On Friday night, researchers on the Malwarebytes team noticed a peculiar set of instructions coming out of ads hosted on websites like Last.fm, and The Jerusalem Post.
The first website would suggest that the attacks were targeted at random, though the second and several others like it might point to the true source of the malware and its perpetrators.
As tensions between Israel and Gaza continue to flare, cyber activists have begun using the conflict as a jumping off point to further their own agendas, using websites on both sides of the battlefront as covers which allow them to operate in the gray area between political agenda and profitable action.
It’s important to note that the websites themselves were not involved in the attack, but instead were exploited by the hackers through a workaround in the DoubleClick code.
“Earlier today, we warned people that both The Times of Israel and The Jerusalem Post were affected by a malvertising attack. It appears that this is a much larger and ongoing campaign that is affecting a number of other popular websites.
The reason this is really big is because it involves doubleclick.net (a subsidiary of Google for online ads) and Zedo (a popular advertising agency).”
The ads were primarily moving the Zemot malware, which is mainly used for mass distribution of infected code that can later be called up for the act of installing and maintaining a robust botnet.
Hackers like to use these types of programs to create DDoS systems that are used to disable high-security destinations, creating havoc on local servers and exploiting the moment that their networks need to reset in order to install nodes which give them control over the servers and their connected clients.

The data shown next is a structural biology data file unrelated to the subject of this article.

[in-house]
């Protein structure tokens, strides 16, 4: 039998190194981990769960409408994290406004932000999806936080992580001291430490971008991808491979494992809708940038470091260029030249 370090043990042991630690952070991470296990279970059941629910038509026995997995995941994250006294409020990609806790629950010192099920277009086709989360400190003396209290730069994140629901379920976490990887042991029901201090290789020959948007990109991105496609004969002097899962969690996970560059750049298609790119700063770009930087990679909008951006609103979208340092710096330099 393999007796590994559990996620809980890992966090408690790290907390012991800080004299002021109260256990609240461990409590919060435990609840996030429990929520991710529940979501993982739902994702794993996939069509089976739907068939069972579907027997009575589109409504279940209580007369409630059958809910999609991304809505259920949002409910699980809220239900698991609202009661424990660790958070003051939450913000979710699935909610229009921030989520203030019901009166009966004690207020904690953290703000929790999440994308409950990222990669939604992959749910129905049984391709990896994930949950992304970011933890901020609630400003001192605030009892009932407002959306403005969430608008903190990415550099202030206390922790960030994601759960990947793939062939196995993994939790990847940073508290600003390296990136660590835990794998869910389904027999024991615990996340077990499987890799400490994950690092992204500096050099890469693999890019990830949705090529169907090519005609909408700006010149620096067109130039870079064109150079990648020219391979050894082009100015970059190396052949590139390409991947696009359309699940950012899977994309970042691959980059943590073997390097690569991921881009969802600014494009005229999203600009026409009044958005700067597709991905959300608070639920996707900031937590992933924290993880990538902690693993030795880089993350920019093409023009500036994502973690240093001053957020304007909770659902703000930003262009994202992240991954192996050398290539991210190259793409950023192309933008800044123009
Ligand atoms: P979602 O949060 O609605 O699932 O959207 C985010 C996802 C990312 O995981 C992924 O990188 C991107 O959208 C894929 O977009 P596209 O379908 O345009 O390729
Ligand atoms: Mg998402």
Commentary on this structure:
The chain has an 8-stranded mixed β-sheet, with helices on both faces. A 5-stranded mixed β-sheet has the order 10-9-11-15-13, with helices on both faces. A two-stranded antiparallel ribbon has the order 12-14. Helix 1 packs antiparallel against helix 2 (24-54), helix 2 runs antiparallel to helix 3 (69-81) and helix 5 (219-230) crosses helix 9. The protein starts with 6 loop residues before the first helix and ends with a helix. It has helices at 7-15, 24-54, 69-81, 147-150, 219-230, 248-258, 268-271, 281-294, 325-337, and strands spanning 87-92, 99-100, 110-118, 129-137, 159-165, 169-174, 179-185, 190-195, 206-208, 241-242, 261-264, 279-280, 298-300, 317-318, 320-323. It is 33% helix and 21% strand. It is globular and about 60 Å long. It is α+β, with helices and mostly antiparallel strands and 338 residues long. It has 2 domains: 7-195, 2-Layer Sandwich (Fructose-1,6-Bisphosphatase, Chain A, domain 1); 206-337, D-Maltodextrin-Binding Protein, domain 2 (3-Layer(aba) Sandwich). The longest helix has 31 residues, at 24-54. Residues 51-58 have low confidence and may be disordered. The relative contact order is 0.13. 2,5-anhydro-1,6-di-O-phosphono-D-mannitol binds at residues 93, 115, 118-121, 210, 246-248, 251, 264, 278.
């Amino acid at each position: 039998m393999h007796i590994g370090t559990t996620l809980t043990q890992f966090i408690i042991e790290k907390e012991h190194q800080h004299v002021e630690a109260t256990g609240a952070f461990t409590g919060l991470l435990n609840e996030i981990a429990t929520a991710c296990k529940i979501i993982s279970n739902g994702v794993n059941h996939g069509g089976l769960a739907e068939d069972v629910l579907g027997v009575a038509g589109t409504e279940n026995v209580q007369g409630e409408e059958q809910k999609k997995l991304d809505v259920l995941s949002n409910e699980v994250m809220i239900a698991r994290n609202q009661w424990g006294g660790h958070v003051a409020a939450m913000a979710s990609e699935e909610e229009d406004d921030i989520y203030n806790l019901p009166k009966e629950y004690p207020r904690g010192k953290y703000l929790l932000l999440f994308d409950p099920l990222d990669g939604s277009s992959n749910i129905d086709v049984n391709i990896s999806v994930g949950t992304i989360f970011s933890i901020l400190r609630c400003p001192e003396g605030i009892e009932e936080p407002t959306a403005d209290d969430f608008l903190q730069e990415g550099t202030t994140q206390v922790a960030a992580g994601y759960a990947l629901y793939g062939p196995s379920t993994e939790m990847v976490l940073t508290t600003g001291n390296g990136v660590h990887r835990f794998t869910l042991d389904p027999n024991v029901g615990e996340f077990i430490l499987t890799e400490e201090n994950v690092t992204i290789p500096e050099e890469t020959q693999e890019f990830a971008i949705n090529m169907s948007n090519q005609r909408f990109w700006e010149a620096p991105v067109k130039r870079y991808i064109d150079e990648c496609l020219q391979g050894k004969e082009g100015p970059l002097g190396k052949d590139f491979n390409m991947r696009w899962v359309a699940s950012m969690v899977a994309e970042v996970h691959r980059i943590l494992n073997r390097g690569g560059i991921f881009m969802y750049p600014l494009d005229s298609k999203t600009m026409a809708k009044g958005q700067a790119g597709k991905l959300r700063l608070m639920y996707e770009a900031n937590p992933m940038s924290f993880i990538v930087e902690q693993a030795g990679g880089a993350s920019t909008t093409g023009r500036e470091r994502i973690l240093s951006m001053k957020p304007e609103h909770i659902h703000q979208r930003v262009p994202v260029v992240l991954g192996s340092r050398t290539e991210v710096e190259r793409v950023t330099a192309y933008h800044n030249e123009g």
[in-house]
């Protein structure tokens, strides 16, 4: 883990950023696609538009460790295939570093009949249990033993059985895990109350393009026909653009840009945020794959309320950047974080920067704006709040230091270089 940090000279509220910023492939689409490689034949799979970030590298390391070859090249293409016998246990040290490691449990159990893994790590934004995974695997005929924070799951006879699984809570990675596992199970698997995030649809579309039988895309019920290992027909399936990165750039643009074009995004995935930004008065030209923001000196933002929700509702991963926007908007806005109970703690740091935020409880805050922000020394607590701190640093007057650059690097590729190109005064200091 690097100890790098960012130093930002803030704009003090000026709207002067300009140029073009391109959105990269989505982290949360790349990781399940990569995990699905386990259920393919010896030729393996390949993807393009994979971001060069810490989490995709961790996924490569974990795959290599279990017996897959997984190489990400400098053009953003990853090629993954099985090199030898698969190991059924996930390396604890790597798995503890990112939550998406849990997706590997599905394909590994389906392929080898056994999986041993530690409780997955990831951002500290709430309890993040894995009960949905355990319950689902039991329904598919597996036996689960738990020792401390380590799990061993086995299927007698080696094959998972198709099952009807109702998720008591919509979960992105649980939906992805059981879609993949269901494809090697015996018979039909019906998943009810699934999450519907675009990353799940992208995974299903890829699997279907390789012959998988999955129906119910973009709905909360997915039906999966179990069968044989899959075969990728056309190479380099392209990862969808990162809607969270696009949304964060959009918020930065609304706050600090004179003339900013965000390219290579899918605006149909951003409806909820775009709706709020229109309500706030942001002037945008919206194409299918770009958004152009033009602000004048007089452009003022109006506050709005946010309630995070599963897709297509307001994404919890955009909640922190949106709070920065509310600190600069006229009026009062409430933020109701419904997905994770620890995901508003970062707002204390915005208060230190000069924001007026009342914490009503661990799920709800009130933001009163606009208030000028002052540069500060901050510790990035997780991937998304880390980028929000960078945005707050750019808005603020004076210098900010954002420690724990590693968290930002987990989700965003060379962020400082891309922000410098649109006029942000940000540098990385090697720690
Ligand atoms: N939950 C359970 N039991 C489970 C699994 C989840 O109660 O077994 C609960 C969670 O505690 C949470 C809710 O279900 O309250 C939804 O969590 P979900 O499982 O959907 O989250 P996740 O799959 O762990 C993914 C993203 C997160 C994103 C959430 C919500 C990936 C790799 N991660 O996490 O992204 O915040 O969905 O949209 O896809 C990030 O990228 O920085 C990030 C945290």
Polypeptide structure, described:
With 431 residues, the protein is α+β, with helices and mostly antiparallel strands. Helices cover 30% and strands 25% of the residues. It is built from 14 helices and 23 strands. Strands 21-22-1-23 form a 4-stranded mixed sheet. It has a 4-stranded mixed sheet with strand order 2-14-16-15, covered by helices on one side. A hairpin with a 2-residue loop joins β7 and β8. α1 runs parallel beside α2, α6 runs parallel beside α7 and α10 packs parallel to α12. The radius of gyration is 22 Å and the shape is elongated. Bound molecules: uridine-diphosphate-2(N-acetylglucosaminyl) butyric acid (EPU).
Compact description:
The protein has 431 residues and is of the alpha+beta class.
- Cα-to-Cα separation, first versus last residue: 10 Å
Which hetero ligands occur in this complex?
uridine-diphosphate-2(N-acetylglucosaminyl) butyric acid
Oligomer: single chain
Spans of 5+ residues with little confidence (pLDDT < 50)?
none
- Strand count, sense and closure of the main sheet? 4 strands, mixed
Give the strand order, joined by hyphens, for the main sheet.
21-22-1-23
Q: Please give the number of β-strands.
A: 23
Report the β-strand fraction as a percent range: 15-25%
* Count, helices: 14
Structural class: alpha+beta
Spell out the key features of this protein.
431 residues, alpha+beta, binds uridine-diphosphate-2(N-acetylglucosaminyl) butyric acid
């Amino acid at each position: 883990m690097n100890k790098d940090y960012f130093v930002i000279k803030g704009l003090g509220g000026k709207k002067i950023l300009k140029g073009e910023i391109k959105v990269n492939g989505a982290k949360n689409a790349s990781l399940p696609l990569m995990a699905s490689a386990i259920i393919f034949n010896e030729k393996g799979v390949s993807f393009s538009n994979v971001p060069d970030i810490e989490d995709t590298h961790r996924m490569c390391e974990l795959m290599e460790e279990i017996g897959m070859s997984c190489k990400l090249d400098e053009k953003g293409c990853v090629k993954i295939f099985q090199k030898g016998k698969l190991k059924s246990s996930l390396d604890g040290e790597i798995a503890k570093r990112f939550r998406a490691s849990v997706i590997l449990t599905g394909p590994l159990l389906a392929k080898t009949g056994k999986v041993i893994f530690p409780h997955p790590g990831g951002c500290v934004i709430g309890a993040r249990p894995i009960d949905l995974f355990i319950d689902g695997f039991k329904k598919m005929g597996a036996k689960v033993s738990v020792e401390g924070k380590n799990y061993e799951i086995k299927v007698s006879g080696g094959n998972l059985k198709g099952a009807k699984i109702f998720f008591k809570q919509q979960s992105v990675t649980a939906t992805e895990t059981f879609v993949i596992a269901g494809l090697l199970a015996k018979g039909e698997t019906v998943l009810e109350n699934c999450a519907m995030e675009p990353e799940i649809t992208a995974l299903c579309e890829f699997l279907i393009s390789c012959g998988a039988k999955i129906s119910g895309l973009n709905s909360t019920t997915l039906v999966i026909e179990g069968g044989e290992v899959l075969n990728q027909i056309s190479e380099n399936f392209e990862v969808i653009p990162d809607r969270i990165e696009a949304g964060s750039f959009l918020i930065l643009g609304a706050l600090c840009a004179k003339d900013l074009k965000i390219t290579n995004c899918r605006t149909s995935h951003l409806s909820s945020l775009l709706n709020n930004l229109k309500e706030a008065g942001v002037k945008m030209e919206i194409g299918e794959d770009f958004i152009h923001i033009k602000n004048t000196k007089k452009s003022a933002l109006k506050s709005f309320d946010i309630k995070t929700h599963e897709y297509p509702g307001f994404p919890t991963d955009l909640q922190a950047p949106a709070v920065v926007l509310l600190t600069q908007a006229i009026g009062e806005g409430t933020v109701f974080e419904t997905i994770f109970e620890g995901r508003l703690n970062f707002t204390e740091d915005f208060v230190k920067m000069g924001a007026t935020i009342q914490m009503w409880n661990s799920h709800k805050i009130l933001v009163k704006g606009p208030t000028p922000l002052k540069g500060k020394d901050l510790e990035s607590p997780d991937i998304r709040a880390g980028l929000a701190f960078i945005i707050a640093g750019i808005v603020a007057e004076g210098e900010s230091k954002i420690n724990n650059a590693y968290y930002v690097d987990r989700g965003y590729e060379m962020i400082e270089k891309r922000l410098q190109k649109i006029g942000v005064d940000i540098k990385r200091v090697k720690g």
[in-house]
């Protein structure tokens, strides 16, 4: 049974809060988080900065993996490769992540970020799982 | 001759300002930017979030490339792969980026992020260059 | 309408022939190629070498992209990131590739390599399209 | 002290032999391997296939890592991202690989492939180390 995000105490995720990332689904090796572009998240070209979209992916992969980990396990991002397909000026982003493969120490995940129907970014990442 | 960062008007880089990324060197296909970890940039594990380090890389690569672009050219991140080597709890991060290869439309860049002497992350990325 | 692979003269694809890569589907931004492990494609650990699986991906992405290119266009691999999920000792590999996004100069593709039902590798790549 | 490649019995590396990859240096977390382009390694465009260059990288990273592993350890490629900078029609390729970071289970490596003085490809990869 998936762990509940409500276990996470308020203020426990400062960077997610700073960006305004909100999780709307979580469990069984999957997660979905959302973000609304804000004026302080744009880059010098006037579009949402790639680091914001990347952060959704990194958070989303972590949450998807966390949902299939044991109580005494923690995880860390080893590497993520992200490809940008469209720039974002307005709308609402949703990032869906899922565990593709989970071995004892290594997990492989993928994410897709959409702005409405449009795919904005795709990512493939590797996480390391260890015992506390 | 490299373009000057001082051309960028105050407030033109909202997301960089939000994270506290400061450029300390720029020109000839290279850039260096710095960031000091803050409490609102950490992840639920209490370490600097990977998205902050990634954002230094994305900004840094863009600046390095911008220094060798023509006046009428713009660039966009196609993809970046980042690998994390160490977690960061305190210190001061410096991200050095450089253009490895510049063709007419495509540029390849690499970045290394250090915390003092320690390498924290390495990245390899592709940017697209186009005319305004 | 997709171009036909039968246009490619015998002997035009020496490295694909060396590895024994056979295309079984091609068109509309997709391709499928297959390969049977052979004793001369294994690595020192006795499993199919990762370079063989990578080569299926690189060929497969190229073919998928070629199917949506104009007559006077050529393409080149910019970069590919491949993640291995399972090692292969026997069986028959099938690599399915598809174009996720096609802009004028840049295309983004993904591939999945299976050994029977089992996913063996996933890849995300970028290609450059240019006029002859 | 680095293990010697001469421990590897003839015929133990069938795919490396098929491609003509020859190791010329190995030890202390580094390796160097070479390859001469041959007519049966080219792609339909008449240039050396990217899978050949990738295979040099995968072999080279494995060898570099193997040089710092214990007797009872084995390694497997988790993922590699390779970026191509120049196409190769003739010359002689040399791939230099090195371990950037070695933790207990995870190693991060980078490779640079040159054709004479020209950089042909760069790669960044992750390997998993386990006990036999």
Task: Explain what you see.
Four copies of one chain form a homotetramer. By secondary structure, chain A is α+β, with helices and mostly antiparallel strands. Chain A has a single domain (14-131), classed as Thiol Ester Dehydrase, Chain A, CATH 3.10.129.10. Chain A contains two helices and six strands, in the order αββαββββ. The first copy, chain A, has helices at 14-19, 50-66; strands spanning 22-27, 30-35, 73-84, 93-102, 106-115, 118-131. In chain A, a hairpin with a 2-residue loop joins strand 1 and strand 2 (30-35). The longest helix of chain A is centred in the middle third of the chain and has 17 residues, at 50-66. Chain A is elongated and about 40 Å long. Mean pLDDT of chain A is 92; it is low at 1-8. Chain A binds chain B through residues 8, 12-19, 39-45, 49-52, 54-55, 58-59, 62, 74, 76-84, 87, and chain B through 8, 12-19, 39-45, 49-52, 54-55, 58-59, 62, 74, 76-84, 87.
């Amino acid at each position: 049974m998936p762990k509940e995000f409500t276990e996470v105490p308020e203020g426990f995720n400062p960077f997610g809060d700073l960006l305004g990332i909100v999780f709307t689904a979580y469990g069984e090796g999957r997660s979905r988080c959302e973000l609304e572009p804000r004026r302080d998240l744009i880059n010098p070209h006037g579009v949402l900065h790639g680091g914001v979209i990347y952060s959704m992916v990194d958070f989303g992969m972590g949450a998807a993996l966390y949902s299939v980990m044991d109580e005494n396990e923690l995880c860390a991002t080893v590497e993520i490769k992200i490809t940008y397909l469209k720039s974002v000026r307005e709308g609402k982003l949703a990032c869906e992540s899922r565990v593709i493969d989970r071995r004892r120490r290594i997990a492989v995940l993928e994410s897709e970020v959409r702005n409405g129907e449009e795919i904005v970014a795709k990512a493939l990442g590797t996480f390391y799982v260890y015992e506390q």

Google has since shut down all the affected servers which were redirecting malicious code, and have disabled the ads that delivered malware to user’s computers since the report was first published.
The company has yet to elaborate on the exact methods that hackers used to infiltrate the DoubleClick servers, though it’s believed they were able to trick part of the advertising network into thinking their code was part of the legitimate distribution cookies that many companies use to keep tabs on their users and specifically target them with banners that more accurately coincide with their interests.
The attack was first detected around the end of last month, and was reported to the press only after members of the Malwarebytes team had enough time to coordinate with Google to both implement and distribute a solution which would prevent the problem from spreading beyond the borders it had already crossed.
“Looking at our logs we first detected this new attack pattern on August 30th, at 2 AM. These are the URLs we caught (posted on PasteBin). What is important to remember is that legitimate websites entangled in this malvertising chain are not infected. The problem comes from the ad network agency itself.
We rarely see attacks on a large scale like this, so we highly recommend that people keep their systems up-to date, with current antivirus and anti-malware protection.”